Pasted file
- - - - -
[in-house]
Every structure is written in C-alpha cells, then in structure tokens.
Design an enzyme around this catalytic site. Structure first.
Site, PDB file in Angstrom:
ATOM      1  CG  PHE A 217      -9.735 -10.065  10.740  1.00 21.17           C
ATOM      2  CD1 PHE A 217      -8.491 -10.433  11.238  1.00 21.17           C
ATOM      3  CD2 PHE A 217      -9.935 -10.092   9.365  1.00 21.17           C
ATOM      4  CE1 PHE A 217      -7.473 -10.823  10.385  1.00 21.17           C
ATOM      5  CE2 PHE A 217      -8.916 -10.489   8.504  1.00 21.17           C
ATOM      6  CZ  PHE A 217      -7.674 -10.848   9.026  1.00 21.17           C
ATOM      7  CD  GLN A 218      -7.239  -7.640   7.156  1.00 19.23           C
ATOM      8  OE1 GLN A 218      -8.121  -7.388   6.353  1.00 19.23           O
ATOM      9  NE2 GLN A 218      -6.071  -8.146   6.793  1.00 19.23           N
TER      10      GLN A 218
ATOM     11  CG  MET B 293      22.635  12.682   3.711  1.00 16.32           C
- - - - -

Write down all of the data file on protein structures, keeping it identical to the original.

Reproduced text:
[in-house]
Every structure is written in C-alpha cells, then in structure tokens.
Design an enzyme around this catalytic site. Structure first.
Site, PDB file in Angstrom:
ATOM      1  CG  PHE A 217      -9.735 -10.065  10.740  1.00 21.17           C
ATOM      2  CD1 PHE A 217      -8.491 -10.433  11.238  1.00 21.17           C
ATOM      3  CD2 PHE A 217      -9.935 -10.092   9.365  1.00 21.17           C
ATOM      4  CE1 PHE A 217      -7.473 -10.823  10.385  1.00 21.17           C
ATOM      5  CE2 PHE A 217      -8.916 -10.489   8.504  1.00 21.17           C
ATOM      6  CZ  PHE A 217      -7.674 -10.848   9.026  1.00 21.17           C
ATOM      7  CD  GLN A 218      -7.239  -7.640   7.156  1.00 19.23           C
ATOM      8  OE1 GLN A 218      -8.121  -7.388   6.353  1.00 19.23           O
ATOM      9  NE2 GLN A 218      -6.071  -8.146   6.793  1.00 19.23           N
TER      10      GLN A 218
ATOM     11  CG  MET B 293      22.635  12.682   3.711  1.00 16.32           C